The Death of Performance Management?

“Well that was a ***ing waste of time, as always. Why do we go through this stupid charade every year,” muttered my colleague as he slumped across his desk. He had just returned from his annual performance management meeting with ‘the boss’. That was in a private bank in the UK, circa 1986.

Whiz forward 25 years – it’s 2011 and I’m in New Delhi, India remembering that conversation as I sat through the umpteenth meeting where the leadership team of a very highly regarded group of schools wrestled with the question – could we introduce a performance management system that would be fair, viewed positively and make a positive contribution to standards of education delivery? These meetings and all the preparatory work for them went on for well over a year. We were not willing or prepared to do anything that had even the slightest risk of spoiling what was already good or great in the organisation. The result was we felt so much more comfortable staying on the fence rather than plunging in to something we could regret.

I sometimes compare performance management systems with formative assessment for pupils in schools – motivational for the few high achievers, demotivational for everyone else. We need to take a step back and think about why we’re doing it. It seems the starting premises is – people will only work hard if we drive them with sticks and carrots. If they’re not controlled, they won’t give good work. Today, this is not seen as the right approach to motivation for students, so why should we settle for this when it comes to how we lead our adult employees who are pivotal in the quality of what we deliver.

The problems with PM are many. For example, it’s a rare manager who, when citing evidence to an employee can quote examples that are more than a few weeks old – even when it’s supposed to be a review of their performance and contribution over a year. It’s not even just the case that those having their performance appraised get uncomfortable – I’ve also known so many managers who found it a very uncomfortable experience to go through.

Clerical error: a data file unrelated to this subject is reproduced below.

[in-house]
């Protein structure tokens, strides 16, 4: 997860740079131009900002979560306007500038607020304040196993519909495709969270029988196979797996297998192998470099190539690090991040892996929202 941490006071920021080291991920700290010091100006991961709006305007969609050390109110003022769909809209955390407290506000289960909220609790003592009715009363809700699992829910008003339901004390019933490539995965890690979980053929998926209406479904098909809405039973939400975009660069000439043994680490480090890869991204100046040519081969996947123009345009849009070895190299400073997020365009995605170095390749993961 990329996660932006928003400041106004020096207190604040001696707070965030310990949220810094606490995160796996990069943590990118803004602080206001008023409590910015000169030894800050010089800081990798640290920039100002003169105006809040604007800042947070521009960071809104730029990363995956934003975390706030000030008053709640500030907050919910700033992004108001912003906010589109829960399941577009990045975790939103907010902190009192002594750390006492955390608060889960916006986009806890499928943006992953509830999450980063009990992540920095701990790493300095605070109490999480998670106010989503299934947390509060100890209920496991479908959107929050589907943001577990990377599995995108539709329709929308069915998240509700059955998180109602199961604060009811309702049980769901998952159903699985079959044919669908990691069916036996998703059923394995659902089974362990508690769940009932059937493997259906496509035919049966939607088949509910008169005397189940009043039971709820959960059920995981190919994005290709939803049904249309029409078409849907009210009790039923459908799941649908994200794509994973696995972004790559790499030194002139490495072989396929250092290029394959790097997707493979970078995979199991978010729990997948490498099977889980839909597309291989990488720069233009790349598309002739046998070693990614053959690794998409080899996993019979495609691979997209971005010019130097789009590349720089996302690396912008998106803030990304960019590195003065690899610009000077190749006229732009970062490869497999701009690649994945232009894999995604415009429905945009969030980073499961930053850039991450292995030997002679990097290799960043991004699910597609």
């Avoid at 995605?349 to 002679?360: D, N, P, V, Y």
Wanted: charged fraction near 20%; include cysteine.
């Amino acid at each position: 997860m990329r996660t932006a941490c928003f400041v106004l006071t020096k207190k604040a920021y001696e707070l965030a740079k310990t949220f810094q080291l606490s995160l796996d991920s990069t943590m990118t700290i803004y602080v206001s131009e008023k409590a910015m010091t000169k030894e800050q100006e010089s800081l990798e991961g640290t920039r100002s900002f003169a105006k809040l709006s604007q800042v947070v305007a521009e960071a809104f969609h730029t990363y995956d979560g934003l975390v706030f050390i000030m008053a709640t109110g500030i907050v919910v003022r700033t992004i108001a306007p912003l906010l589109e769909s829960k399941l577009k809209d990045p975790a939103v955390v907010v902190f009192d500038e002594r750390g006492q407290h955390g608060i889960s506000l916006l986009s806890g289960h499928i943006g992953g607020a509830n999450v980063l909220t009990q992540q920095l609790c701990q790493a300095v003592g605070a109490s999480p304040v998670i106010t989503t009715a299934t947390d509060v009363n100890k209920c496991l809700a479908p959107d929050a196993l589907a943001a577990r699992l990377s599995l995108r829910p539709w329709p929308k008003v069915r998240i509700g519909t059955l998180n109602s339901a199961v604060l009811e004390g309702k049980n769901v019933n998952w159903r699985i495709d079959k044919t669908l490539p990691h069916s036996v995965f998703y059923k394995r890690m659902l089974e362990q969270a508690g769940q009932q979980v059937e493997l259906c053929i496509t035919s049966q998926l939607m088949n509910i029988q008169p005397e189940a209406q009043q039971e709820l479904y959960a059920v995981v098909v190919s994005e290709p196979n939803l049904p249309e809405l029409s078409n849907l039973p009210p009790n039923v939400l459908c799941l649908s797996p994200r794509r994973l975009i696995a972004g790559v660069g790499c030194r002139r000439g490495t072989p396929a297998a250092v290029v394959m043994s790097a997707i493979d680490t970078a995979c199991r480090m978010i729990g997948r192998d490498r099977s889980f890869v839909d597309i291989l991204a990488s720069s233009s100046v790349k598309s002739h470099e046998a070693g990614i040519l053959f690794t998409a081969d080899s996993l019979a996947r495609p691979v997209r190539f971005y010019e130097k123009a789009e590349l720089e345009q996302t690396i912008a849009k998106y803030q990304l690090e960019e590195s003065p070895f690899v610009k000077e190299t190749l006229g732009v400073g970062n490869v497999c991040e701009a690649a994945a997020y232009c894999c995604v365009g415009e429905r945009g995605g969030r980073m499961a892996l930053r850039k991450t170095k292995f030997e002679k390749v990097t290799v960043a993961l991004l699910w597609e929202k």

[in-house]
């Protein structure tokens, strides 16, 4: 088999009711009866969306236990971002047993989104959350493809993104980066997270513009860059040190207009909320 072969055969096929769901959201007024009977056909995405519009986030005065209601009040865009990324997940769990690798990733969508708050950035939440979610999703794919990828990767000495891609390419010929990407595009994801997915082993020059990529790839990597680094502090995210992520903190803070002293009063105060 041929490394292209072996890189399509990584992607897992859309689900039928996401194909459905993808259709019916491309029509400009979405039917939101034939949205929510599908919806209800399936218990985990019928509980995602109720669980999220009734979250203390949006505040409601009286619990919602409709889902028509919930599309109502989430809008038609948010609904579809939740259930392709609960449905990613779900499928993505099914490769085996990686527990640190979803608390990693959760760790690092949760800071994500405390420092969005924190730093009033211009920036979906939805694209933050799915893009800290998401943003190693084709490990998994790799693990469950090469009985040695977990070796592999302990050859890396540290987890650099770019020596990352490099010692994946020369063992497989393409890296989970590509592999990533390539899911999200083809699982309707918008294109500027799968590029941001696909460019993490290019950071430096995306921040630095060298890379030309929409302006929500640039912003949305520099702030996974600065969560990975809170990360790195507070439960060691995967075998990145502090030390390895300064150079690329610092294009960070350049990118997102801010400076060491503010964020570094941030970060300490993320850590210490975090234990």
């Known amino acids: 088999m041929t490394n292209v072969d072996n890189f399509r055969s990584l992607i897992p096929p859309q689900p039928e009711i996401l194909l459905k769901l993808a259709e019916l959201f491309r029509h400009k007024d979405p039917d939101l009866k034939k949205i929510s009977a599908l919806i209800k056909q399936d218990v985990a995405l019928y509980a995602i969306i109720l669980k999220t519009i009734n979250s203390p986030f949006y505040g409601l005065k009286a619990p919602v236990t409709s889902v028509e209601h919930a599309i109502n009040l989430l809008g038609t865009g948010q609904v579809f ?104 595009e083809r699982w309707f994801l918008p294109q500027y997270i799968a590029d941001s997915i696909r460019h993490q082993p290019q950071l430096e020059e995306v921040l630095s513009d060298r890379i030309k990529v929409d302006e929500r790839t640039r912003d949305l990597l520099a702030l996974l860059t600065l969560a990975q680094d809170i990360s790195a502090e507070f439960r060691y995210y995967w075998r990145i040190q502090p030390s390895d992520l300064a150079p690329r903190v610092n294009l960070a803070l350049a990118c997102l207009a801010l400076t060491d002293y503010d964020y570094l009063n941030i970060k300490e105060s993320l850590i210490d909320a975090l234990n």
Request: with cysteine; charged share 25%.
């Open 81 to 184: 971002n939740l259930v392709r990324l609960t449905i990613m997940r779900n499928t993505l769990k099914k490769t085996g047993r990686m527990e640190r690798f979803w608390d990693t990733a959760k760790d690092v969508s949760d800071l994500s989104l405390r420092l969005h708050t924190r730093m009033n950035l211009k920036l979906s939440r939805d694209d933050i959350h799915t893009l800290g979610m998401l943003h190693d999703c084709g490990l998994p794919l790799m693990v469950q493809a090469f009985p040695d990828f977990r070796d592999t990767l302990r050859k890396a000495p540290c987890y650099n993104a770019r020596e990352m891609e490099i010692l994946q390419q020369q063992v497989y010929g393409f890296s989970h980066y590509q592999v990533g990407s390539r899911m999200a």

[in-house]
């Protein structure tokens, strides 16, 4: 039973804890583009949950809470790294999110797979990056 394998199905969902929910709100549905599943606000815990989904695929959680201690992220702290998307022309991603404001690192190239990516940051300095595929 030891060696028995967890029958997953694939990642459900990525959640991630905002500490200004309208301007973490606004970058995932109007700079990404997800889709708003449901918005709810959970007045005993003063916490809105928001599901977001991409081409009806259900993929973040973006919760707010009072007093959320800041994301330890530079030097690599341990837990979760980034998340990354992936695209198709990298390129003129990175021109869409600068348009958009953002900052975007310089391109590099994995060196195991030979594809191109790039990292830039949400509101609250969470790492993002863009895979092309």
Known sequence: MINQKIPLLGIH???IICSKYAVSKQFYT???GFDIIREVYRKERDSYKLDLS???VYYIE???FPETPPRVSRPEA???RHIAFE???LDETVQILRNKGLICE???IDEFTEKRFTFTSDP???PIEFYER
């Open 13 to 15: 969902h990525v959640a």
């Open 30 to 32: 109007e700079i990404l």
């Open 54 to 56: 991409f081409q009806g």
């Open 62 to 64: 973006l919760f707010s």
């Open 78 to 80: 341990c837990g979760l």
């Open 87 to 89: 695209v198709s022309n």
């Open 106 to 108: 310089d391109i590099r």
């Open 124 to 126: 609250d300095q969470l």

If we want processes that motivate, inspire and guide people to give their best contributions to their work, to understand how best to contribute and what’s expected of them, then they have to be based on far more timely communication. We also need to have very firmly in our minds when looking at the systems we apply in schools that education establishments are not the same as other employment environments. By way of example, I think it was quite reasonable that a group of teachers once challenged me as to why schools have systems that focus on individual performance, at the same time as emphasizing the importance of teachers working together effectively in teams. There are arguments both ways on this, but we do need to be having such debates in an open and transparent manner.

In our schools today, we say that we want exceptional high calibre teachers to excel. However, by and large, we have tended to adopt populist approaches whereby the differential between how we reward the highest achievers and the rest are very marginal. Another debate we need to be having is whether we are prepared to have remuneration systems that significantly differentiate between high achievers and others. The reality right now is that when the remuneration is linked to the performance management system in our schools we’re spending a very large amount of time, work and effort in to making tiny differentiations between people. If what we want is a system that motivates and inspires stars, encourages others to significantly raise their performance levels and keep our best people – do we need to have more courage? Or, would our leaders be uncomfortable about whether staff would trust their judgements when identifying the top achievers? I often sense a steak of ‘socialist fervour’ running through educators. So, whilst they might know in their hearts that in the school there is a small handful of people whose contributions are massively bigger than the average, even the top achievers/ contributors favour an approach under which all are paid close to the mean. Standing out isn’t applauded.